3 Months Down. How I’ve Stayed Motivated.
I recently started a new project called Art a day where I create a video, photo, or writing everyday for a year. I go into more depth on the concept of the project in my earlier blog post I wrote after I completed the first month: http://connorbutterworth.com/art-a-day-one-month-down/
Anyway, I just completed 3 months of the project (1/4 of the way finished!) I feel like I have learned a lot in these three months. Not just about my art, but also about who I am as a person and as an artist. Mainly,I have learned that I can always push myself a lot harder than I thought I could.
Anyone, who plays a sport or exercises intensely, can attest to the fact that the real battle is not against your body, but your mind. Our minds place walls and borders on ourselves and for some crazy reason, we listen to them, we follow their rules. When we are exercising, our brain tells us, “Ok, I think we’re ready to stop now” and then we say to ourselves, ‘Well, I guess I’d better. I shouldn’t get too hot, my heart shouldn’t beat too fast, I am probably dehydrated.’ We know these are just pitiful excuses, but why do they continue to work? Do you ever think ‘what would happen if I really did get too hot, if my heart did beat too fast or if I do happen to get dehydrated?’ Well… if you are like me… a 20 year old in decent shape and perfect health then quite literally nothing. Nothing negative, at least. I mean you only just redefine your limits and become a better, stronger version of yourself. Runners describe the phenomenon as a “runner’s high”. The moment when you feel like you are done, that you can’t go on anymore, but somehow you just keep going. When this occurs, you experience a sudden euphoria and a steady burst of new energy. Your mind has set up a wall and said “this is your limit” and you just busted right on through. Ok so now you may be asking yourself, “What does exercise have to do with this silly art project you’re blogging about?”
Everything. Well, everything in this post at least. Exercise is a perfect example for pushing yourself because it is something we can all relate to, but exercise doesn’t have to be limited to the physical activity. Exercising your mind, exercising your imagination, your creativity can be just as challenging. Our mind throws up the same barriers and we make the same type of excuses anyway. For instance, as I’m writing this, my mind is telling me “Hey buddy, it’s 2AM, you’ve had a big day; just go to sleep. You can finish this tomorrow.” I am not in the mood to be exercising my mind, my creativity right now writing so some part of me is coming up with excuses like ‘What’s the point?’ ‘Nobody is going to read this anyway.’ ‘This isn’t going to sound as good when you read it tomorrow as it does coming out of your head right now.’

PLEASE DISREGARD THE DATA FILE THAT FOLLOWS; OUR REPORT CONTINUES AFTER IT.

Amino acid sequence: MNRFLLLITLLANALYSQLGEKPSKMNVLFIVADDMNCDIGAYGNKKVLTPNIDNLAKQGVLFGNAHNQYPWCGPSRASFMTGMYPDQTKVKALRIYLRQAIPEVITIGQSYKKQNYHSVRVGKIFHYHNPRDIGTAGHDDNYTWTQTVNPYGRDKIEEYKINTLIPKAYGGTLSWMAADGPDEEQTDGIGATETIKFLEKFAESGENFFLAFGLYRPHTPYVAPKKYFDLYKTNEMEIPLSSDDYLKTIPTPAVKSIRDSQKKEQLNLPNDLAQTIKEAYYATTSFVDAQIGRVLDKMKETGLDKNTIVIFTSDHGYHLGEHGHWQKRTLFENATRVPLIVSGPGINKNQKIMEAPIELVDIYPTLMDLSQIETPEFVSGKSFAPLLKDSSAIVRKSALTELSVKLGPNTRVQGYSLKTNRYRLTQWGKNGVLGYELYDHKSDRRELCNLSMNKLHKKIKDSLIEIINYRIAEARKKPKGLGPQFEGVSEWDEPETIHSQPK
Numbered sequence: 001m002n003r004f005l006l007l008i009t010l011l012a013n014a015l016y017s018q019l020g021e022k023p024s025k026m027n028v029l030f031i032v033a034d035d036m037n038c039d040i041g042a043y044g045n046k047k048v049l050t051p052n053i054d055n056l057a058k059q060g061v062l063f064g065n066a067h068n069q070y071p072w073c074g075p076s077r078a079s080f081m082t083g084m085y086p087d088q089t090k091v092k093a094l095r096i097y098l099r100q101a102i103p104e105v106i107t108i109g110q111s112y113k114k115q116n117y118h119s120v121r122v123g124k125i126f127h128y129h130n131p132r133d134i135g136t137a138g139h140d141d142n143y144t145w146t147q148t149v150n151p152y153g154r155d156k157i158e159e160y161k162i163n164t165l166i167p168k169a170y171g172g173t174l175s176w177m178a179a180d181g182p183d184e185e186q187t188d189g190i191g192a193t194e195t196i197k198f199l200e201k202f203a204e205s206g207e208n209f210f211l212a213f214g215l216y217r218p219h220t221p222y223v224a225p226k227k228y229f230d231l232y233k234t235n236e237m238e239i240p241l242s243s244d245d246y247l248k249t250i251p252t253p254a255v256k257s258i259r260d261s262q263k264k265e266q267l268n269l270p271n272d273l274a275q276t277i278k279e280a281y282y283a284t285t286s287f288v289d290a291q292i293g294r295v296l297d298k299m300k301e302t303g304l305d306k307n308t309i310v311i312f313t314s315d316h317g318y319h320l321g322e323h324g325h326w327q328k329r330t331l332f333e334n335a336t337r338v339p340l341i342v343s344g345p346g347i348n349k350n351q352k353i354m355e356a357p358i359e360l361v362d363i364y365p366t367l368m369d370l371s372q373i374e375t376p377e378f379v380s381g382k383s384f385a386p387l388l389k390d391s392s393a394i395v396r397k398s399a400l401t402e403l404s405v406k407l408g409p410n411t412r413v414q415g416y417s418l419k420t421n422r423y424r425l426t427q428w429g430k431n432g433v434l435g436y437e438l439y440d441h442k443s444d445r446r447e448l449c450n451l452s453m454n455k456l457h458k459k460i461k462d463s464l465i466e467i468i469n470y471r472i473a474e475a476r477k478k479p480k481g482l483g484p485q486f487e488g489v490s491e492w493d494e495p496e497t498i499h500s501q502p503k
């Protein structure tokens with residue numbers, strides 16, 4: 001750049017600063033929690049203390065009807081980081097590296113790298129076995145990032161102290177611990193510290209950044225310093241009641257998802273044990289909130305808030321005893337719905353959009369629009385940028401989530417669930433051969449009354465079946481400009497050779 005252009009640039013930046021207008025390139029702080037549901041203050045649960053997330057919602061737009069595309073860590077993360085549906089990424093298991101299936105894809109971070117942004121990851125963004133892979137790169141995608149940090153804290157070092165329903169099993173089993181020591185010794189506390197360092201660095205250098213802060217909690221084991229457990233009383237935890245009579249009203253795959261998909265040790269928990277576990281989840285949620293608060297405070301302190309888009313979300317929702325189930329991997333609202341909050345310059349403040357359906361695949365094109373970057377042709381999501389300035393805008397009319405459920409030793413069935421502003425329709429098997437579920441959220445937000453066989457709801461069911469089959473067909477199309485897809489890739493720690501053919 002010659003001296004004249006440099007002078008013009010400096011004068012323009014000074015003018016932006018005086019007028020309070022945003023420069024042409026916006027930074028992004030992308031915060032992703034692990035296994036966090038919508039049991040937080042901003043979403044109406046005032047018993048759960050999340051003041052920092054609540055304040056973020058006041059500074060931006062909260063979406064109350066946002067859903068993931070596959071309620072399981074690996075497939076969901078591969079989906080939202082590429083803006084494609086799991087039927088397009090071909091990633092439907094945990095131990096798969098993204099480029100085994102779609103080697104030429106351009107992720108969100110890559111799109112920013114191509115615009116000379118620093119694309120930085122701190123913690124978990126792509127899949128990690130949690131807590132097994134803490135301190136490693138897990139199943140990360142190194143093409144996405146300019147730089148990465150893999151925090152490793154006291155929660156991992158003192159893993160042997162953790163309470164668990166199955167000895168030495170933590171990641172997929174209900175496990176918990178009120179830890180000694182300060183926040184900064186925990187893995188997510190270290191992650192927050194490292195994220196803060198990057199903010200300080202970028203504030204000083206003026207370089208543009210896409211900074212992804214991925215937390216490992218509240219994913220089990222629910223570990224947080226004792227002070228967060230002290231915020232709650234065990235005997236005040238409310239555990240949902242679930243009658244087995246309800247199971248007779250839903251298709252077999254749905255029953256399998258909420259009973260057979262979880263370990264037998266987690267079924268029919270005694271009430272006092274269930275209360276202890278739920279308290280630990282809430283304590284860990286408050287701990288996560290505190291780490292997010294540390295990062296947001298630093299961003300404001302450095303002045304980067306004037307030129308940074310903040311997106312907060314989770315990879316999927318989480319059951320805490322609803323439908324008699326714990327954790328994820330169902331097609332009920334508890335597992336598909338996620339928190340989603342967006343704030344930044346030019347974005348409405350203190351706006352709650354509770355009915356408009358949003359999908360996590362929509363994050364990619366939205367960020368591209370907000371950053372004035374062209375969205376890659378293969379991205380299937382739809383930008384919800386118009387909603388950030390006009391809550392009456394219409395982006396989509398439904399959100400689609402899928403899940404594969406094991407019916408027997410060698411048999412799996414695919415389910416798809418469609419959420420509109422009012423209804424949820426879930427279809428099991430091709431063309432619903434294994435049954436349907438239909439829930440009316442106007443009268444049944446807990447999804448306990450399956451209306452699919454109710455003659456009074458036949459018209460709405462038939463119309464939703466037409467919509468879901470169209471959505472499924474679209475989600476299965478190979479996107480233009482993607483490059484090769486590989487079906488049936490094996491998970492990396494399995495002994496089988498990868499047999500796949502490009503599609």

I have discovered that this doesn’t go away, this resistance, these excuses are here to stay. However, I am getting much better at handling them. I have come up with a few methods for dealing with this that have really been helping me lately to stay productive and utilize my time effectively when my mind is telling me ‘You know we should probably just re-watch all 5 seasons of Friday Night Lights today.’
Make it a conversation and keep it a conversation. When my mind is coming up with all of these excuses for why I shouldn’t be grinding away at whatever I need to be doing, I treat it like a typical argument. I listen and quantify every reason for why I don’t want to do what I’m about to do and then I come up with a better reason for why I should. Trying to block out parts of your thoughts doesn’t work. If you don’t believe me then stop and try NOT to think of a brick wall for five seconds… It doesn’t matter what reasons you come up with, but you need to have better reasons for doing something than for not. When you examine every excuse individually, you realize how petty or absurd they all really are. This is what you have to do. Always keep it a conversation. If left unanswered, these excuses become a feeling. It is a very crippling feeling. It is the feeling when someone asks you to go somewhere and you really don’t want to, but you don’t really know why you don’t want to. You have no reasons; you just aren’t in the mood. For many people, exercise has just been forever accompanied by this feeling. To avoid this, keep your battles a conversation and come up with better reasons for doing something than not. One of the best ways to win these internal arguments is to…